Serves 4+, and see introduction
Hot on the heels of the easy tuna melt pizza baguettes, this is based on another offering from BBC Good Food magazine, only this one was chosen by the Other Half. The choice was a bit of a curveball really, since he doesn’t like couscous, but I do, and since he was willing to give it a go, I kept schtum and got on with it. I assumed it was something about the taste, or perhaps lack thereof, that wasn’t appreciated, as couscous can be quite bland. Not that this is a bad thing per se, since a comfortingly plain pile of starch is often the ideal side to something that could be described as hearty, or spicy, or both, like this stew. And by all means, you could serve this with mashed potato, or plain rice, for me brown basmati, but whatever works for you.
So if the plain-ness was the issue, this recipe might solve it, since the couscous is not steamed or soaked separately and then the stew ladled on, but is just added directly to the pot with the spiced chicken, vegetables and sauce and allowed to swell and get tender, absorbing the flavours of the dish. This was a real revelation to me – I had never thought about cooking the couscous like this before. Don’t know why, since really it’s like making a jambalaya with rice, which I have done countless times. Anyway, it was good, (although a little too lemon-y first time round, hence below suggesting you just add half of the lemon juice and taste before adding more) and we agreed the flavours were good. But he doesn’t want it again. Turns out it was the texture of the couscous that he doesn’t like. At least I tried, and I’d definitely make this again, either for myself to take to work for lunch over a few days, or for us both, minus the couscous and with alternative carbs.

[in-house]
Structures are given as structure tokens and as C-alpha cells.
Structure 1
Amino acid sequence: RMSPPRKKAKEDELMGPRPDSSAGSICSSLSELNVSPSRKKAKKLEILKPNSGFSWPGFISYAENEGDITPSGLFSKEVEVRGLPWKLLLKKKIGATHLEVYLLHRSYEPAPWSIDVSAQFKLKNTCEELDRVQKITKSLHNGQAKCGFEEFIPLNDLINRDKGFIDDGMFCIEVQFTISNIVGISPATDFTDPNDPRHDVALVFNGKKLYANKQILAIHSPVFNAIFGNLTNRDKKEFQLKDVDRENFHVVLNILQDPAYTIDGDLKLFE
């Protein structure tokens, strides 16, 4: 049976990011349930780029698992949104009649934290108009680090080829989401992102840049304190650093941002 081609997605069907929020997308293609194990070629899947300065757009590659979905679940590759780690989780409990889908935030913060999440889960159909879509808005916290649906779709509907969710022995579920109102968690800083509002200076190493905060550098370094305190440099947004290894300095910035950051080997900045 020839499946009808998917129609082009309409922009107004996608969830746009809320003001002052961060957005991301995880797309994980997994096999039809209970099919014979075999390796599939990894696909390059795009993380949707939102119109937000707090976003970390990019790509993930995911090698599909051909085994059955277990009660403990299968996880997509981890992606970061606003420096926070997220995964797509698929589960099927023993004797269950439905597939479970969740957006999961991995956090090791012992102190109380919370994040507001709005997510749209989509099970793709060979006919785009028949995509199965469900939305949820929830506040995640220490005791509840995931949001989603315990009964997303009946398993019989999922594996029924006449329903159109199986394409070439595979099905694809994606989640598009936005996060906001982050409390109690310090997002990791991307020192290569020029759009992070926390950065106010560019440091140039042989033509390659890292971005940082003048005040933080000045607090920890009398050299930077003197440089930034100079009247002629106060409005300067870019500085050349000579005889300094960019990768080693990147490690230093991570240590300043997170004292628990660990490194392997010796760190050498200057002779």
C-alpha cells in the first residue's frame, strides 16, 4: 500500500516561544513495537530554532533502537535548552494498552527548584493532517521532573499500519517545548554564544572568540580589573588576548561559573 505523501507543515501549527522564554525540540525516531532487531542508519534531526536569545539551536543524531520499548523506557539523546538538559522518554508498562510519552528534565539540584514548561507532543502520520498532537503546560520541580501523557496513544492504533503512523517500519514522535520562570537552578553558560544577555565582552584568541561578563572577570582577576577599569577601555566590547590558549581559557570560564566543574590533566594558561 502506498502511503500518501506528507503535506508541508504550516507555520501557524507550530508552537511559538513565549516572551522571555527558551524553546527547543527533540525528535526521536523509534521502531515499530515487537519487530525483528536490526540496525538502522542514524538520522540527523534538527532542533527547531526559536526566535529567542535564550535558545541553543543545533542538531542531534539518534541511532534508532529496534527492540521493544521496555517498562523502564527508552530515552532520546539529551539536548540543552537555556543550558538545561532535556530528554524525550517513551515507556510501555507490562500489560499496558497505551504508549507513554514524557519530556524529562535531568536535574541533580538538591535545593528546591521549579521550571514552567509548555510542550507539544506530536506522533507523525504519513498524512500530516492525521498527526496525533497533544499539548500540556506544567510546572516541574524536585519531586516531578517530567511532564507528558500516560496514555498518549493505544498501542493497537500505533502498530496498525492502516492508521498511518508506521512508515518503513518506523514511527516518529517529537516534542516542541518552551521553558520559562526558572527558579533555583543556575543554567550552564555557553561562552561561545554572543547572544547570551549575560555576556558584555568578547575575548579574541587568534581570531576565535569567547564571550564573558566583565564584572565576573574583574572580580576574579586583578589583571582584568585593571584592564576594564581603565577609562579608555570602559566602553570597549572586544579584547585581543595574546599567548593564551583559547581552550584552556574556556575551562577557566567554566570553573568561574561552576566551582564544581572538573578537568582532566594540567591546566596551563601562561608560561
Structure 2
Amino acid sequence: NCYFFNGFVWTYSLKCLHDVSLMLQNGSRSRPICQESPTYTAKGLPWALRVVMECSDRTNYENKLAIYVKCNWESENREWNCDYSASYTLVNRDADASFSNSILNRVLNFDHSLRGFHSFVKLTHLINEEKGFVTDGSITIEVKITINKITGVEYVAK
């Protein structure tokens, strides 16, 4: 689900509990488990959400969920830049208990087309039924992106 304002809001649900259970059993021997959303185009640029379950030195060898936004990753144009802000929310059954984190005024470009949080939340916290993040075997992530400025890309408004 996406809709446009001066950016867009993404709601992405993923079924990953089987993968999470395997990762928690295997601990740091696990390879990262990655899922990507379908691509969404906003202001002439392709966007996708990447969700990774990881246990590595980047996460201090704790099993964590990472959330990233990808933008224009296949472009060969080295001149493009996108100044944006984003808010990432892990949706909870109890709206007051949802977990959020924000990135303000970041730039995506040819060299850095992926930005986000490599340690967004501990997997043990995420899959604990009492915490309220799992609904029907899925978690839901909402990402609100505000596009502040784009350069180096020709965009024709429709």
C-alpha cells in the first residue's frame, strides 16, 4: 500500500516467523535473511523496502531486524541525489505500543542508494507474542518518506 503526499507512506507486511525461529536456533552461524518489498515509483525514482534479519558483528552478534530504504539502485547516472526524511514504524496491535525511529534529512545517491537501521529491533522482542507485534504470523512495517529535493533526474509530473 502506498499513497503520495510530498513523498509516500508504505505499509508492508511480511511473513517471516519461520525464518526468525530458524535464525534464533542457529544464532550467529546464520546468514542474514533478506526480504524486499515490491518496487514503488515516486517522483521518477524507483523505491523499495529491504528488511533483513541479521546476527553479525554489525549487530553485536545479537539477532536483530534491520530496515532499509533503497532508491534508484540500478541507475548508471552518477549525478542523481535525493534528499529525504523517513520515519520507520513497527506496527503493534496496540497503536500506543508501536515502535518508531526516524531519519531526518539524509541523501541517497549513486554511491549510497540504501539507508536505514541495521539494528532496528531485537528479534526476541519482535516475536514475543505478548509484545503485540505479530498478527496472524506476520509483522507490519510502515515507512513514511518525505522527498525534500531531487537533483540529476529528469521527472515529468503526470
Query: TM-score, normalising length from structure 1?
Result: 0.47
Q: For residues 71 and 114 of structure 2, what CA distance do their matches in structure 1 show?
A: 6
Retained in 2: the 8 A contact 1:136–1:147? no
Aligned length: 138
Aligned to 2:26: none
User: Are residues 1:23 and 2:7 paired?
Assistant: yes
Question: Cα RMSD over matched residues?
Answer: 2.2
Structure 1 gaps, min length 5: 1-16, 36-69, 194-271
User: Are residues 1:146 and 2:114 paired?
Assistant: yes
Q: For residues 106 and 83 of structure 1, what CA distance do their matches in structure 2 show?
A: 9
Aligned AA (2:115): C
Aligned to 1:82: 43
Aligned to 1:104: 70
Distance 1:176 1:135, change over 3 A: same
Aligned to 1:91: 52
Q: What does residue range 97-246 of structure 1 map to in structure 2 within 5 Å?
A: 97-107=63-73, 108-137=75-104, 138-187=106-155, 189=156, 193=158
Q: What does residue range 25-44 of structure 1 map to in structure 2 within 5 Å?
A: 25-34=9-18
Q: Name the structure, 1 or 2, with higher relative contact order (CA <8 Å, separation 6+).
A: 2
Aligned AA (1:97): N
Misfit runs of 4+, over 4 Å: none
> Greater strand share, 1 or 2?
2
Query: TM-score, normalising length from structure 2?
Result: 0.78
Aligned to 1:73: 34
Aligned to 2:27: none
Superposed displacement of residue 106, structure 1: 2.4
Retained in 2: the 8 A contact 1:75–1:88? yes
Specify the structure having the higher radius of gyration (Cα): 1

Adapted from BBC Good Food August 2011
1 red chilli, deseeded and finely chopped
2 cloves garlic, minced
1 teaspoon ground coriander
1 teaspoon ground cumin
2 red onions, halved and then sliced
2 skinless chicken breasts, cut into bite-sized pieces
1 small butternut squash, peeled, deseeded and cut into 1cm dice
2 400g tins chopped tomatoes
zest and juice of a lemon
two good handfuls cherry tomatoes, halved
small handful of freshly chopped coriander
Heat a tablespoon of olive oil in a large casserole or pan with a lid over a lowish heat. Add the chilli, garlic, spices and onions, give everything a good stir, and cook gently for around 10 minutes until the onions are soft and everything smells good, stirring every now and again. Add the chicken and brown it for a few minutes, and then add the cubed squash, giving everything another stir, and cook for another 5 minutes.
Add the tinned tomatoes, fill each tin half full with water, swill it around and add to the pan as well. Bring to the boil, turn down the heat, put on the lid and let it simmer for 20 – 30 minutes, until the chicken is cooked through and the squash is just tender. Add the lemon zest, and half of the juice, stir in and check to see if it needs it before adding the other half. Season, stir through the cherry tomatoes and couscous, put the lid back on and turn off the heat. Leave the pan on the hob for 10 minutes. Once the couscous is done, stir through the coriander and serve.